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Air ambulance billing, collections draw concern from state regulator



Air ambulance companies in Missouri use the practice of balance billing to stick patients with bills for tens of thousands of dollars, according to a new report from the Missouri Department of Insurance, Financial Institutions and Professional Registration, or DIFP.

Balance billing is the practice of charging a patient the difference between what a health care provider bills and an insurance company pays. Providers that participate in Medicare and Medicaid programs are restricted from using balance billing for amounts that exceed negotiated reimbursement rates. The same is true for providers that participate in most private insurers’ networks.

However, many air ambulance companies in Missouri don’t participate in insurer networks, meaning they are not bound by the same negotiated reimbursement rates as providers that do. That’s a problem, the report says, because patients often have little say in which air ambulance provider is called. In some cases, patients with private insurance were billed more than $100,000 for air transportation.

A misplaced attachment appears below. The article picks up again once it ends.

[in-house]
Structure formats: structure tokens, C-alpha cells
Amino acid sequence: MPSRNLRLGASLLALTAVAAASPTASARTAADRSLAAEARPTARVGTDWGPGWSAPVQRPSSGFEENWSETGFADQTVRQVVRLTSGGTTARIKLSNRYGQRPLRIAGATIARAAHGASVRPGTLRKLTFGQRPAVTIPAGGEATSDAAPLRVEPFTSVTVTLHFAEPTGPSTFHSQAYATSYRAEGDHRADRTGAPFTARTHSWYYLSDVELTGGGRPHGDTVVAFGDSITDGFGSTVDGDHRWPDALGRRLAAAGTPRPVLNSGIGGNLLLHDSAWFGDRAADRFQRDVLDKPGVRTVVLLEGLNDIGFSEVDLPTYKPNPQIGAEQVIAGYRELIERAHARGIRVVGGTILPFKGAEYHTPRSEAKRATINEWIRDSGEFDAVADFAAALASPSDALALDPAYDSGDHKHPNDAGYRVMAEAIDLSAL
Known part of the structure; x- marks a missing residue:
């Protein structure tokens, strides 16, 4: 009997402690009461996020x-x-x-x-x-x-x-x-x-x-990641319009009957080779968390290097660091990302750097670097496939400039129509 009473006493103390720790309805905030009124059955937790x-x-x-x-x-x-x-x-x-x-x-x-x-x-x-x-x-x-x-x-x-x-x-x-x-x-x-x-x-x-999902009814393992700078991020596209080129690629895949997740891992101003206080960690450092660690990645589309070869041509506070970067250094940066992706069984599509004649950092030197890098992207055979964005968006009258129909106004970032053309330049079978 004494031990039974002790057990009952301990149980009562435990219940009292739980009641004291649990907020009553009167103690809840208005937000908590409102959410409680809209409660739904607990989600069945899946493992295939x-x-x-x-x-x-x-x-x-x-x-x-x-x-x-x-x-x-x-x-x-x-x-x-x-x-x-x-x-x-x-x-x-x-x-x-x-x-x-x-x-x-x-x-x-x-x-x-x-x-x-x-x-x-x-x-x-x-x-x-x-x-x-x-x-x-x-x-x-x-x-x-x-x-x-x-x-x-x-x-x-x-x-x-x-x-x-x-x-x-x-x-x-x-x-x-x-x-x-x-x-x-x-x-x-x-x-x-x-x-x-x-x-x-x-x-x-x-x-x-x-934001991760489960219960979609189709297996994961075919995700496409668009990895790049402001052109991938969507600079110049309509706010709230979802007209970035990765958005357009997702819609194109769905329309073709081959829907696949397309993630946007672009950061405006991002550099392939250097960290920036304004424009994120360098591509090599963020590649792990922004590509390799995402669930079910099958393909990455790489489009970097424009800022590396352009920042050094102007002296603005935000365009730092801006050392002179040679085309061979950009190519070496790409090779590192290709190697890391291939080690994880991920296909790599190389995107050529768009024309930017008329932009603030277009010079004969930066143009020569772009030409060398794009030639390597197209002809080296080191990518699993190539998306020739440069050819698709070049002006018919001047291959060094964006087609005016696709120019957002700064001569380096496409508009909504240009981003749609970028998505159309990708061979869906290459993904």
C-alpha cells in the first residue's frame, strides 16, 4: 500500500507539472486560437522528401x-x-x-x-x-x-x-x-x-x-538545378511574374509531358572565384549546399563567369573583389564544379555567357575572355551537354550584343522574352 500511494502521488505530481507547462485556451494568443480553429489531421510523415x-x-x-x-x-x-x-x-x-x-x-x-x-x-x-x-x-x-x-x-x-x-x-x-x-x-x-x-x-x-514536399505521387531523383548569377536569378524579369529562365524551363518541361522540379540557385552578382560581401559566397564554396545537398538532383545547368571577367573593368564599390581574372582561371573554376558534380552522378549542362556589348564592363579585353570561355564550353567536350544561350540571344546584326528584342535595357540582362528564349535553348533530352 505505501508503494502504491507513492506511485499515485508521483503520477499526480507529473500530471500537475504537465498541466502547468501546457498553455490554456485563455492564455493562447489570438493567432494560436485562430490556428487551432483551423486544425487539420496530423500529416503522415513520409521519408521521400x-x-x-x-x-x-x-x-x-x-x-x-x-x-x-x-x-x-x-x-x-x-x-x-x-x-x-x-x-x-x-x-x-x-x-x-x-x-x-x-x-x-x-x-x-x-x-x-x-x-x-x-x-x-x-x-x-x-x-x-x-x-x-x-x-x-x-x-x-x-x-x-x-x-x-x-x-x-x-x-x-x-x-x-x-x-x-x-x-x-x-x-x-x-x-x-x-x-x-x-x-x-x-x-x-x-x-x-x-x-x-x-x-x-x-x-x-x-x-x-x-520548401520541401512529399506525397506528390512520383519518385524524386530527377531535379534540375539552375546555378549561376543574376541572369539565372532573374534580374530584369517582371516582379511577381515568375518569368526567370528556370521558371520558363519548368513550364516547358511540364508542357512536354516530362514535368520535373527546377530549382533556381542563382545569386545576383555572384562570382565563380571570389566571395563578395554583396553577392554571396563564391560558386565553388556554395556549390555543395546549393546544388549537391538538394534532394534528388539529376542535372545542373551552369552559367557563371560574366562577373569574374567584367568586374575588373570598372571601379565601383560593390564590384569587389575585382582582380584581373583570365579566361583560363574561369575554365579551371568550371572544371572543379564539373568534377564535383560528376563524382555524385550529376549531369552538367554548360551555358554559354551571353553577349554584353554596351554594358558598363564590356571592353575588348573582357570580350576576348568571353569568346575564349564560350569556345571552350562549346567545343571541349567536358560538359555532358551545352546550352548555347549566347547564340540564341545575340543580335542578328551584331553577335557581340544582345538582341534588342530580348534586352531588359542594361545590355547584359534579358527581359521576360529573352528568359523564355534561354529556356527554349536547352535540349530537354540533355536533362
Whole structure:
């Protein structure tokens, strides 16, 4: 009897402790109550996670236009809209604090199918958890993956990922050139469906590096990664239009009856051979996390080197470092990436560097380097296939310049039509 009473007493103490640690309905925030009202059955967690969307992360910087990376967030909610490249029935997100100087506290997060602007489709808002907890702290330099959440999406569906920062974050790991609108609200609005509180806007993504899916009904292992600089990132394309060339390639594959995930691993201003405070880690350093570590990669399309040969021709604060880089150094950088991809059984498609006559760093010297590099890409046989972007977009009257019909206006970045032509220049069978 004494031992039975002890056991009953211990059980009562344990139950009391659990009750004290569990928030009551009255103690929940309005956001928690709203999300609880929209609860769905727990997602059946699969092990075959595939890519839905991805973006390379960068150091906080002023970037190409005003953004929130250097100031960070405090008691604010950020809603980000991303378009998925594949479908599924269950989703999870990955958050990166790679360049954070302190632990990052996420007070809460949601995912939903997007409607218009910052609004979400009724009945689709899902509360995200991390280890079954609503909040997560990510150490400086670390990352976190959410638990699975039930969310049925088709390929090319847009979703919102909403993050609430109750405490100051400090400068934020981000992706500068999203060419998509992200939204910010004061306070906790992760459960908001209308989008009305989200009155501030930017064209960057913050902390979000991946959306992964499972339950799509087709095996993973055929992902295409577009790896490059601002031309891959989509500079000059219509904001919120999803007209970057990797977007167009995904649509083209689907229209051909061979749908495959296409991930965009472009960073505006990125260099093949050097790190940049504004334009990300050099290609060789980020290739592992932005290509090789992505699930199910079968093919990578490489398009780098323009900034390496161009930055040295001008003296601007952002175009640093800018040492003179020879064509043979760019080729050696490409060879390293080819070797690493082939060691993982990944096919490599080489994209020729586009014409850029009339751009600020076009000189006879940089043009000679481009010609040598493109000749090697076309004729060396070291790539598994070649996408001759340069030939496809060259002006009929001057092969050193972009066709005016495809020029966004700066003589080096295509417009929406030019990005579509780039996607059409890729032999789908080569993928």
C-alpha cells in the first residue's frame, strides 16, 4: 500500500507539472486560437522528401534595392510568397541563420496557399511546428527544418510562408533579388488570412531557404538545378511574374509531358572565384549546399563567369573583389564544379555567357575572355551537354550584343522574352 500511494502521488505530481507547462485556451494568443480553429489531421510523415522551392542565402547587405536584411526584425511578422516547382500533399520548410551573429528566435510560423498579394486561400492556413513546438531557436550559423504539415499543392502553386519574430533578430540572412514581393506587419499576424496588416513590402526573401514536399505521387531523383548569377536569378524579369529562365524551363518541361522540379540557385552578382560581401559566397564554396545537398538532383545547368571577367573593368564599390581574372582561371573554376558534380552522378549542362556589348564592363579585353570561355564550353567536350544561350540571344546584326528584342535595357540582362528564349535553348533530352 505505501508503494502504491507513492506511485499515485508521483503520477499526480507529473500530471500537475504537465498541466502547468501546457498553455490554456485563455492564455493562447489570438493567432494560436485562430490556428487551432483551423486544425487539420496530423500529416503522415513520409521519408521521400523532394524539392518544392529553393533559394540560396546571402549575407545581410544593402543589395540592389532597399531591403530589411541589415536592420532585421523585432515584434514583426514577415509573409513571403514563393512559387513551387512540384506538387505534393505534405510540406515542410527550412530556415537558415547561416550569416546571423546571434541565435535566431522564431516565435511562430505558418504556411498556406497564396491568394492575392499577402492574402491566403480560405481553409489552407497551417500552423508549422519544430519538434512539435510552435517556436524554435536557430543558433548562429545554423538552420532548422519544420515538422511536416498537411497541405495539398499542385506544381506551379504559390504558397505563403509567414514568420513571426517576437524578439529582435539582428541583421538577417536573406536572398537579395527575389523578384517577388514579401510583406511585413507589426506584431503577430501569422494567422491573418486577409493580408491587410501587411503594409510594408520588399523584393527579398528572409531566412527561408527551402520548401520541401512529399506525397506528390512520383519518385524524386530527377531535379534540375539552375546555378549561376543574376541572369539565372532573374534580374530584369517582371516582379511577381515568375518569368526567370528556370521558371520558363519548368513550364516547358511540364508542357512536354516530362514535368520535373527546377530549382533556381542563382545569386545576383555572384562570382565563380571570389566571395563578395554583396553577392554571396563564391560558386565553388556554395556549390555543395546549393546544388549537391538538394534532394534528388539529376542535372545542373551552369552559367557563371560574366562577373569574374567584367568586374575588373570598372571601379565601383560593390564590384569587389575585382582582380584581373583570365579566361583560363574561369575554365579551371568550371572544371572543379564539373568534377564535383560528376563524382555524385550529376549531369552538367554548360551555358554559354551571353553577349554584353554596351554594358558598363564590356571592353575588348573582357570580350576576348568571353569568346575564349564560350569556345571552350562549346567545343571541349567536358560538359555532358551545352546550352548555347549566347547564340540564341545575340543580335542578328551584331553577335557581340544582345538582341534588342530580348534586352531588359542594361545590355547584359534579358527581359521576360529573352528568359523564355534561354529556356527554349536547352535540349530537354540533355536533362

But it’s not just patients who use air ambulances that end up paying, according to the DIFP. Private health insurance bears the brunt of costs for air transportation, which leads to higher health insurance premiums for everyone.

The DIFP estimates that air ambulance providers charged a total of $25.7 million for their services in Missouri in 2017. Of that amount, patients could have been balance-billed up to $12.4 million, the DIFP estimates, which comes out to $20,000 billed to each individual.

The report also cites “vigorous collection efforts,” including wage garnishments and liens, by some air ambulance companies. The four most legally active companies have combined for 427 collection actions since 2012, according to the DIFP.

“With air ambulance bills, Missourians are subjected to extremely aggressive collection efforts, at a time when they are quite vulnerable as they are already recovering from a medical emergency,” Chlora Lindley-Myers, the department’s director, said in a release. “We hope this report illustrates to state and federal policymakers the scope and seriousness of this problem and the need for urgent action.”

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